Bill Nighy has been one of my favorite actors in the world since I caught his cheeky turn as a geriatric rock star on a Christmas tune comeback in Love Actually and a crusty editor with a sardonic streak in the original British State of Play in 2003. He has been the best part of a lot of films in the decade since, and he defines the moral benchmark of David Hare’s Johnny Worricker Trilogy, a trio of made-for-TV features starring Nighy as career MI-5 intelligence analyst Johnny Worricker. Page Eight (2011), Turks and Caicos (2014), and Salting the Battlefield (2014) are now available for Amazon Prime members.
Hare, a British playwright and Oscar-nominated screenwriter (The Hours and The Reader), enters John Le Carre territory by way of David Mamet, the world of intelligence agents as civil servants in a jungle of bureaucratic gamesmanship. It’s not the spy game in Page Eight, it’s a matter of accountability, but information is power and Worricker is handed some pretty combustible intelligence by his boss and best friend (Michael Gambon), a sort of parting gift from a man who knows he’s not long for the service.
It’s not the mystery—which has something to do with “the special relationship” and the disadvantages on the British side of it — that matters, it’s the characters and the gamesmanship. In place of Le Carre’s sprawling networks of alliances and betrayals and long histories of double agent dealing, Hare gives is a miniature, stripped down and scripted with underplayed precision. Bill Nighy, a master of dry wit and the uncanny ability to see every situation with a hint of bemusement, plays Johnny as the very model of “mild mannered,” but it is a manner. He’s smart, crafty and naturally suspicious, and the combination has cost him a couple of marriages and very nearly his estranged daughter (Felicity Jones).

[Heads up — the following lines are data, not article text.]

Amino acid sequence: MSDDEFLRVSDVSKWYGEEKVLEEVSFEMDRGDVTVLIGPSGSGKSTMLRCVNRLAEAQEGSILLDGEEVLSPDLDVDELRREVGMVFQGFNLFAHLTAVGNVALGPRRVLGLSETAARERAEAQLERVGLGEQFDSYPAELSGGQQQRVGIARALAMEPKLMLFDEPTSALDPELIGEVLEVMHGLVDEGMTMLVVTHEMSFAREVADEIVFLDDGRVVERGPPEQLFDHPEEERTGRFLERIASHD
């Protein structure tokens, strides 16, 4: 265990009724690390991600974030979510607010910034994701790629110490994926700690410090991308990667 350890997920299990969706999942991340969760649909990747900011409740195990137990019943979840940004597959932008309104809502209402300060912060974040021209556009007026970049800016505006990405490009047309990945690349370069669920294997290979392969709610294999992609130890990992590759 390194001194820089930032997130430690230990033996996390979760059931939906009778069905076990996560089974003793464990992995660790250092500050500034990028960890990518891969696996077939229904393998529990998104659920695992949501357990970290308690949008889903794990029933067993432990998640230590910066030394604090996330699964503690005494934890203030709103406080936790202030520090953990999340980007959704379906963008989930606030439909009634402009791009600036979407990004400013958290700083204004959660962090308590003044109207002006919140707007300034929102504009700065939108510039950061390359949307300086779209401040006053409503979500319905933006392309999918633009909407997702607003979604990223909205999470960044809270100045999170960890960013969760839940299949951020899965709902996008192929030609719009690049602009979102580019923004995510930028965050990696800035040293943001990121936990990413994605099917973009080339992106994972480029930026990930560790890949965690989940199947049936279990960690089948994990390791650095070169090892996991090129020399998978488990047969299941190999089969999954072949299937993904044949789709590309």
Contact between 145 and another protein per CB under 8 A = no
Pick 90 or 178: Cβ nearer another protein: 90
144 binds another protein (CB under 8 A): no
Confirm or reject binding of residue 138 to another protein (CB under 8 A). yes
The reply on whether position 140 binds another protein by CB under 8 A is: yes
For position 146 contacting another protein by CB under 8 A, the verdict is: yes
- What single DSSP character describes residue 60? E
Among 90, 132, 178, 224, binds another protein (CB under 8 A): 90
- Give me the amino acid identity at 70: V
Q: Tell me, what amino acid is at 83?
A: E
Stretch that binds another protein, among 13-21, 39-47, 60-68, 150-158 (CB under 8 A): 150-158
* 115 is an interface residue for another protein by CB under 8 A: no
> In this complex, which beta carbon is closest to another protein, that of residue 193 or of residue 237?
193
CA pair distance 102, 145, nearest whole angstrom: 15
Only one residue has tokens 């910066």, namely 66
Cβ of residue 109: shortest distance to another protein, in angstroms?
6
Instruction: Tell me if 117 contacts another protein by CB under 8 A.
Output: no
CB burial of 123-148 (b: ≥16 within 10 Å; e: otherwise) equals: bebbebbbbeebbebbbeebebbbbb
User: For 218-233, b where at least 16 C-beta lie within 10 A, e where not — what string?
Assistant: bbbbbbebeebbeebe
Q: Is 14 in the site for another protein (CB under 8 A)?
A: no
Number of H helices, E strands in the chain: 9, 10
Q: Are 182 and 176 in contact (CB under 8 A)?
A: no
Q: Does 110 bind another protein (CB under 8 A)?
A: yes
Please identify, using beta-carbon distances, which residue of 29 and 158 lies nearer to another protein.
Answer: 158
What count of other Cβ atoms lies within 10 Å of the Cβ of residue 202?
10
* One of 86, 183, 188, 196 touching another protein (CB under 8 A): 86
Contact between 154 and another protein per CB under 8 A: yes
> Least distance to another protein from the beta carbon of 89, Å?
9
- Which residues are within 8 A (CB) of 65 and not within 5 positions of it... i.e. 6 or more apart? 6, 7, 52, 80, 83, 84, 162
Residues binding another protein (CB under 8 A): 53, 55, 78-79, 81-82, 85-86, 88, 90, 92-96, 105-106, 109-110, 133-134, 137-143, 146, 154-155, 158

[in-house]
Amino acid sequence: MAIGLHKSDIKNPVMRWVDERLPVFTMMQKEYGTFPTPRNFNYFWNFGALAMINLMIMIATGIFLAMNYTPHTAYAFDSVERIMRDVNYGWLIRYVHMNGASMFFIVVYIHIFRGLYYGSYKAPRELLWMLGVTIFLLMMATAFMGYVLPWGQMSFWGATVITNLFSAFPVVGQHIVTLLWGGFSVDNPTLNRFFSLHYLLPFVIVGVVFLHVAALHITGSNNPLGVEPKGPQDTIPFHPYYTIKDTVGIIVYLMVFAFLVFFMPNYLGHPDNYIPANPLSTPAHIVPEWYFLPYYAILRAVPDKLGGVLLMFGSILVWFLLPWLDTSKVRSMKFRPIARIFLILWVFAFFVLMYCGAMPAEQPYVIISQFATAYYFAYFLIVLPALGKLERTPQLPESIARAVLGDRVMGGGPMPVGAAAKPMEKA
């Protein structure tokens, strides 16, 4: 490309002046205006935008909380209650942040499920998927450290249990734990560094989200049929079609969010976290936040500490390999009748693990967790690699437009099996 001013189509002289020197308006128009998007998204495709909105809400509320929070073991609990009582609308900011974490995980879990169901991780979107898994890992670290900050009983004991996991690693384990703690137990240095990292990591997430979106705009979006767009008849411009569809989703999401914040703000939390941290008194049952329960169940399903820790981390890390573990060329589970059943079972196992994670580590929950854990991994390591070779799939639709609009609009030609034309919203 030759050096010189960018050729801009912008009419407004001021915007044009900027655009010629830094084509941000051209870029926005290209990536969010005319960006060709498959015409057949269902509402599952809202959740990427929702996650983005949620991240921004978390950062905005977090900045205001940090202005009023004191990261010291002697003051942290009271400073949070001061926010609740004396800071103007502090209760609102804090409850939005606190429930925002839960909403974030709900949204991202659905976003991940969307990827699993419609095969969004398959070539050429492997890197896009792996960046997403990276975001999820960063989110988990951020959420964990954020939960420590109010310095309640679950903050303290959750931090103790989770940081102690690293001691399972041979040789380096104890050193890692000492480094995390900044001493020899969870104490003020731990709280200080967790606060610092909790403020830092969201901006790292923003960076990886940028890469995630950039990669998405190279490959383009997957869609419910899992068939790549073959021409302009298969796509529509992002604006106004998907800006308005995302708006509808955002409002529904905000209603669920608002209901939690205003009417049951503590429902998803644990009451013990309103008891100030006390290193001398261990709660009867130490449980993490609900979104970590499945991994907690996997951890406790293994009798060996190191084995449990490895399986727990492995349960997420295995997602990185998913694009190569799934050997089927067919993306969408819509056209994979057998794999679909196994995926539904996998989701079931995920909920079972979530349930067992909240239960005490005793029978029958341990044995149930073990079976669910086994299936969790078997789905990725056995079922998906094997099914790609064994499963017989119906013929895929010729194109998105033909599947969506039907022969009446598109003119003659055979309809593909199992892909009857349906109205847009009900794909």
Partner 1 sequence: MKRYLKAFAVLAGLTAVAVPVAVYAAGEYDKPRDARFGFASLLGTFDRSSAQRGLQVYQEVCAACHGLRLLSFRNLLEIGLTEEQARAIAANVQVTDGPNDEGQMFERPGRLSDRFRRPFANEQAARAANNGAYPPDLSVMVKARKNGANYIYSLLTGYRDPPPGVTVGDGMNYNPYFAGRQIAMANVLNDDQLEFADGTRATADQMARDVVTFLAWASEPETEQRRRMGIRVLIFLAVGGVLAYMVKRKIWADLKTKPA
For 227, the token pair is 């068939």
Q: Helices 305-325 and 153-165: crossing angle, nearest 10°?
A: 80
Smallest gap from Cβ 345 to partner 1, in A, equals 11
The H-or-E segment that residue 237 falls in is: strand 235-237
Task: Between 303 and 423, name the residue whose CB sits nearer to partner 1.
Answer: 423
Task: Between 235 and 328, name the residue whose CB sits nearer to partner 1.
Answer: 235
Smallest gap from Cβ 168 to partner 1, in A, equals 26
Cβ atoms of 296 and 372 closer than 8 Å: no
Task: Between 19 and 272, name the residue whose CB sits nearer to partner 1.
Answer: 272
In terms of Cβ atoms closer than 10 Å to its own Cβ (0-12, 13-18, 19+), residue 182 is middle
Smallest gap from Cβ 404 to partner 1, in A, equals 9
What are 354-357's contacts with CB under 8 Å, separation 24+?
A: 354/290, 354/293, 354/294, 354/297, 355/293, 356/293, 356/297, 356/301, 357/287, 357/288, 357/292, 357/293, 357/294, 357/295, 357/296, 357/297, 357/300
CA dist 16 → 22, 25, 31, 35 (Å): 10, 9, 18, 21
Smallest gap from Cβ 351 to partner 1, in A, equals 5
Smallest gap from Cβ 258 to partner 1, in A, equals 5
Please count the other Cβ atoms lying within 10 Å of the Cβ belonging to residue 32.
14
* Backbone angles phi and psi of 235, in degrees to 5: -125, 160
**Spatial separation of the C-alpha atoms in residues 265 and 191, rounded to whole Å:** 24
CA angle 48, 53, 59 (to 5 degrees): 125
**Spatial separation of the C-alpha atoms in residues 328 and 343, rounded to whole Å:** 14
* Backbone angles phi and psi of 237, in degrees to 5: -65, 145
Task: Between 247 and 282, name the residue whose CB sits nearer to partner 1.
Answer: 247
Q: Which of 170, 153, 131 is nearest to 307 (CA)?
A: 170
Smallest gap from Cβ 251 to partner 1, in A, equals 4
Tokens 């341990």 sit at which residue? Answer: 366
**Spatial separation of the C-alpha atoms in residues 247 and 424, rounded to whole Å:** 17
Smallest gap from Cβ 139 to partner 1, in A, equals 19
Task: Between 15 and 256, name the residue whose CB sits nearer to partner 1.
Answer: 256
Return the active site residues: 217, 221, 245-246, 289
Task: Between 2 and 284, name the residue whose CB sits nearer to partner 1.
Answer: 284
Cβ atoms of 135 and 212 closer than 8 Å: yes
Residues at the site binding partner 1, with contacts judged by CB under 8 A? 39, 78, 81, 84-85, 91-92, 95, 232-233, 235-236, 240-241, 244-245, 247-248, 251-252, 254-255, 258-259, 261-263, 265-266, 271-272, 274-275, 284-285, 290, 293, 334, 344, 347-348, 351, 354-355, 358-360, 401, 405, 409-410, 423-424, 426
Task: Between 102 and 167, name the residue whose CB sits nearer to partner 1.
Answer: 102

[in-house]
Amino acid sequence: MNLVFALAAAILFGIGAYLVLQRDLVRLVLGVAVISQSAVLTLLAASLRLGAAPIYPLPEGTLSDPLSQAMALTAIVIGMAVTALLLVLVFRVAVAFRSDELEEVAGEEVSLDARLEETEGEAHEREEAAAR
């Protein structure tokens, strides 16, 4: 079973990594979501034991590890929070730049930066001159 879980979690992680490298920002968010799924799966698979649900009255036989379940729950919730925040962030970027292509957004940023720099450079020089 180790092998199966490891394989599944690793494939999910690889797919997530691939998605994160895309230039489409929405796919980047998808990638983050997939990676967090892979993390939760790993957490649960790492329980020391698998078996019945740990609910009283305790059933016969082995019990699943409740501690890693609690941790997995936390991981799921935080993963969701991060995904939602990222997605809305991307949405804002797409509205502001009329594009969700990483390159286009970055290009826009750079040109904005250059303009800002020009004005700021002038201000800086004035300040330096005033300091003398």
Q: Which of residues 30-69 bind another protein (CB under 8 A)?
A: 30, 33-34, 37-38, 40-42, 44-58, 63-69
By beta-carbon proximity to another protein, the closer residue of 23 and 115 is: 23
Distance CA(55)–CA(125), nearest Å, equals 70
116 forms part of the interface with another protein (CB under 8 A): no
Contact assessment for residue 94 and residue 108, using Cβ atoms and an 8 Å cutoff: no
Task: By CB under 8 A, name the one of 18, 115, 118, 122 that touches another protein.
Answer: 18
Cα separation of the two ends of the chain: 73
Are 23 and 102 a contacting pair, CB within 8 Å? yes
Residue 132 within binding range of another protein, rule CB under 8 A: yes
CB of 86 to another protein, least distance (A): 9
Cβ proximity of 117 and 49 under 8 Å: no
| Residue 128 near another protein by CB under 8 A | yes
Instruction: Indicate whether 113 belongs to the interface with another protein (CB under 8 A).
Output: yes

Rachel Weisz co-stars as his attractive next door neighbor (whose sudden interest in him raises flags of suspicion), Judy Davis his very competitive colleague and Ralph Fiennes the Prime Minister, plus Saskia Reeves, Ewen Bremner and Marthe Keller. Quite a lot of stature here and they bring the understated (and somewhat glib) plot to life.
Three years later Hare returned with Turks and Caicos, part two of the Worricker chronicles after he turned whistleblower and left Britain after the fall-out from his revelations of combustible intelligence. It’s named for the Turks and Caicos Islands, a British protectorate and tax haven in the Caribbean where Johnny lives in exile. When he’s recognized by a CIA agent (Christopher Walken), chasing money skimmed from the government by American mobsters, he gets blackmailed into helping out with the case. In return, the CIA won’t rat him out to the British government. Maybe.
The tropical setting and the shift in focus from Page Eight (from government secrets and bureaucratic gamesmanship to the intersection of international crime and political secrets) makes this much more engaging than the first installment, which was more of a chamber drama of a spy film. But there’s also much more going on here between the Brits, the Yanks, and the local population, people whose lives Johnny engages with while every other western tourist ignores, and there is plenty of British skullduggery back home that gets tangled up in this case. Still, it’s the cast that really makes this work, from the unassuming warmth and dry wit of Nighy, who makes it look effortless as he sizes up the situation and plots his moves while everyone else is negotiating, to Christopher Walken, Winona Ryder (as a mob accountant with a tough backstory), Helena Bonham Carter (as Johnny’s ex-wife and future co-conspirator Margot), and Ralph Fiennes.
The third film in the trilogy, Salting the Battlefield, is neither as compelling nor clever as the first two, but it is kind of fun to see Nighy play the aging master agent beating MI-5 in a game of chess played over Western Europe.
If you enjoy the more morally tangled of the British TV spy dramas and murder mysteries, I think you’ll like these.